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December 2020
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Good Samaritan nurse urges breast cancer awareness

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By Elaina Averett

Nurse Practitioner, Good Sam Clinic

 

About 1 in 8 women in the United States will develop invasive breast cancer during the course of her lifetime. It is important for women to understand that having an abnormal mammogram does not mean they have breast cancer. When a woman has their very first mammogram they may "fail" or have it show up as "abnormal," because radiologists compare old mammograms to new ones and if it's a patient's very first one we have nothing to compare it to. 

Self-breast exams should be the focus of men and women until mammograms begin. The breast exams for females need to be before or after their cycles, because hormones can cause short term changes in the breasts, such as fibrocystic changes, and they should understand how to properly check themselves. Self-breast exams do not take the place of a mammogram and should be an addition to a mammogram once per year. 

As one of the providers at Good Samaritan Clinic, I have a lot of patients who have breast concerns, are looking for peace of mind, want to learn about breast health and ways to decrease their chances of being diagnosed with breast cancer.

Women and men are both at risk for developing breast cancer, especially if someone in the family has been diagnosed with breast cancer, carries the BRCA 1 or 2 gene, CHEK 2 gene, or has pancreatic cancer. We suggest that a patient start mammograms 10 years earlier than the youngest diagnosed family member, for example if someone has a grandmother who was diagnosed with breast cancer at the age of 45, then the daughter and granddaughter need to start having mammograms at the age of 35 instead of 40. By starting the screening process earlier, the survival rate is much greater with early detection. It is recommended that women with dense breast tissue have a mammogram and breast ultrasound once a year. Dense breast tissue shows up white on a mammogram and cancer shows up white. So, imagine looking for something white in a background of white. It is difficult and that is where a breast ultrasound helps - cancer will show up black on the screen.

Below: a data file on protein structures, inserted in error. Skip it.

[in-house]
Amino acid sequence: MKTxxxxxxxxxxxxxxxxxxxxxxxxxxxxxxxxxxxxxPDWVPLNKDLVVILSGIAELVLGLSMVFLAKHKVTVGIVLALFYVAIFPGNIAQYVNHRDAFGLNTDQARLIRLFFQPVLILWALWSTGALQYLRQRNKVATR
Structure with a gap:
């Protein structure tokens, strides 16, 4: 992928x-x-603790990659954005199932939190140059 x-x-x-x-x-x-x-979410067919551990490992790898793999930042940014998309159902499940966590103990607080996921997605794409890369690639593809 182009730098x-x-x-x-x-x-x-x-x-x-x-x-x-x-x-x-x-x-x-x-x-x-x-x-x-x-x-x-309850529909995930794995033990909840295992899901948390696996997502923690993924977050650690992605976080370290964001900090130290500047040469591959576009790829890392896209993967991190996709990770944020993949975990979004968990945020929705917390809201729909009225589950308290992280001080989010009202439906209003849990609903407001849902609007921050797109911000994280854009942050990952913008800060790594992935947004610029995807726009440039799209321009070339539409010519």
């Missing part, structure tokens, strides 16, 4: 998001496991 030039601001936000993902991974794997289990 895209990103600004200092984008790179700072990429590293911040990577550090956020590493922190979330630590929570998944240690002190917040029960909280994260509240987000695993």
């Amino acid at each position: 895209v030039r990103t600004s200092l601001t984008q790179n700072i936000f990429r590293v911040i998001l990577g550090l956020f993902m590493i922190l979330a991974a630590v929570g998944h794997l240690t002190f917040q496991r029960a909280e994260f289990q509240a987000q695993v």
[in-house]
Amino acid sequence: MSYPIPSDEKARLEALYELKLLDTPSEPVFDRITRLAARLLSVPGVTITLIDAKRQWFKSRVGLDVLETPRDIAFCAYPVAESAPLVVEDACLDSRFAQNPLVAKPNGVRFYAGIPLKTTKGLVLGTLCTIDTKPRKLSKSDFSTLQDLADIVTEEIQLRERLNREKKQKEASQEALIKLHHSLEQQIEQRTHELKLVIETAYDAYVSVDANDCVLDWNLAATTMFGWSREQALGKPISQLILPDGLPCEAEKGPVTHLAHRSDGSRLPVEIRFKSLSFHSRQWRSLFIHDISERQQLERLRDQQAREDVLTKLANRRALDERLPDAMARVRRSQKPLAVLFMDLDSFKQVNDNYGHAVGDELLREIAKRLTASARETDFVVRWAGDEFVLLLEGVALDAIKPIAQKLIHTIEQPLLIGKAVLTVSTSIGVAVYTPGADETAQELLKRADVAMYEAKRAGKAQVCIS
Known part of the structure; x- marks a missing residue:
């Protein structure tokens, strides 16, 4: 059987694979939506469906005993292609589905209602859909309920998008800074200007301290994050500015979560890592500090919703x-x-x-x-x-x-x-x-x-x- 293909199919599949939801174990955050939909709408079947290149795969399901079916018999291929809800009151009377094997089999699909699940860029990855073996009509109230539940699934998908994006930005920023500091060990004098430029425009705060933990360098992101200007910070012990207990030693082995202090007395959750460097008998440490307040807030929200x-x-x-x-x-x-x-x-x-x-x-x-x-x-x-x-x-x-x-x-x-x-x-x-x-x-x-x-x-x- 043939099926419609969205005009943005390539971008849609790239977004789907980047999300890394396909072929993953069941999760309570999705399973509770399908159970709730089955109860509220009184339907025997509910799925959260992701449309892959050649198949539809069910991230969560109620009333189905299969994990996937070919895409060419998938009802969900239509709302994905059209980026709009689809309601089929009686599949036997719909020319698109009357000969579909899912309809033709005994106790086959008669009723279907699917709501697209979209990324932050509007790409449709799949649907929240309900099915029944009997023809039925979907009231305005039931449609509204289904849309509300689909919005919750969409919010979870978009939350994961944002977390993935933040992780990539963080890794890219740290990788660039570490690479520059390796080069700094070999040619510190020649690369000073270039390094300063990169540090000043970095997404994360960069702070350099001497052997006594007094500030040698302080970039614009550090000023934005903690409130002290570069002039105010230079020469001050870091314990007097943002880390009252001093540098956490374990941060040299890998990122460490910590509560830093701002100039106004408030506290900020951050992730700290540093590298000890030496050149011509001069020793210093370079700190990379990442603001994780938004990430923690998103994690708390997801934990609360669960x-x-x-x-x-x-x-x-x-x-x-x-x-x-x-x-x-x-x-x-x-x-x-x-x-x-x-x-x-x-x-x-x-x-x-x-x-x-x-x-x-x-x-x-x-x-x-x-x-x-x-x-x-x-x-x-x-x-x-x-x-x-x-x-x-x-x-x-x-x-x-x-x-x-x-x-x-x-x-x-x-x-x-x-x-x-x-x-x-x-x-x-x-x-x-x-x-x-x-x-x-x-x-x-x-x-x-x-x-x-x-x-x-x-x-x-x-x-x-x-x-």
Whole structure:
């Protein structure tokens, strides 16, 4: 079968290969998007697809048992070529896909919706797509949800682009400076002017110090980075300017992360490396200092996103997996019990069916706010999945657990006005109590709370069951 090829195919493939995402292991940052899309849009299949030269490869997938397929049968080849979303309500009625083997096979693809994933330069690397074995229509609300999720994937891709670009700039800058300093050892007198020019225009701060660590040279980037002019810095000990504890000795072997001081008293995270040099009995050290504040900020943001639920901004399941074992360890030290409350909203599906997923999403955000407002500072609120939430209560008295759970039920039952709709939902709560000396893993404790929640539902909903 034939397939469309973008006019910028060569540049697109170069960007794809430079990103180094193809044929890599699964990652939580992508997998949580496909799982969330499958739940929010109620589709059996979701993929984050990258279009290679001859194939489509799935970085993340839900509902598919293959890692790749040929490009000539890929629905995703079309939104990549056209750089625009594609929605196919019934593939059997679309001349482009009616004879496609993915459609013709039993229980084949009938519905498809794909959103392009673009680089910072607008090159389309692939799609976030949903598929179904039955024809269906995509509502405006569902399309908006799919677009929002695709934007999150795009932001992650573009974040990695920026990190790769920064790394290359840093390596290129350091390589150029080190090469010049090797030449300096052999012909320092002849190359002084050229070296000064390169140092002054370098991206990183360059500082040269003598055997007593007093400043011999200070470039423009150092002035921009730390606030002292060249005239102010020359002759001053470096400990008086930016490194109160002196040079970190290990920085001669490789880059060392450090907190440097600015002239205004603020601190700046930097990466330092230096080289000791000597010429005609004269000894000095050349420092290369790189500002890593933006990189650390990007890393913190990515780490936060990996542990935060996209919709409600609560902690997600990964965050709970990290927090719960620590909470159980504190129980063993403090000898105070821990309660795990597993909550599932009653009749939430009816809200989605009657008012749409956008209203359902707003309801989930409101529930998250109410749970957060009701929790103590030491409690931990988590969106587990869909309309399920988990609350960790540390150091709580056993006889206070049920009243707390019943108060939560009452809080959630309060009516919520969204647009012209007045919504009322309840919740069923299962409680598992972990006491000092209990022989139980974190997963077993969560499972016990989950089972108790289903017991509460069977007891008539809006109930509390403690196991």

Men are born with a small amount of breast tissue and they can develop breast cancer. The recommendation for men at a higher risk of developing breast cancer is to have a clinical breast exam performed every year, learn how to perform self-breast exams, and learn the warning signs of breast cancer. The signs and symptoms include: a painless lump or thickening in your breast tissue or armpit, changes to the skin covering your breast, such as scaling, redness, dimpling, or puckering, changes to your nipples, such as scaling or redness, or a nipple that begins to turn inward, unusual increases in the size of one breast, unusual swelling in the armpit, and discharge from your nipple. 

The types of breast cancer diagnosed in men include ductal carcinoma, the most common breast cancer in males, in which the cancer begins in the milk ducts, lobular carcinoma, cancer that begins in the milk-producing glands, which is rare in men because they have few lobules in their breast tissue. There are rarer types of breast cancer that can occur in men, which include Paget’s disease of the nipple and inflammatory breast cancer. 

 

Cancer warning signs: 

•New lump in the breast or underarm (armpit).

•Thickening or swelling of part of the breast.

•Irritation or dimpling of breast skin.

•Redness or flaky skin in the nipple area or the breast.

•Pulling in of the nipple or pain in the nipple area.

•Nipple discharge other than breast milk, including blood.

•Any change in the size or the shape of the breast.

•Pain in any area of the breast.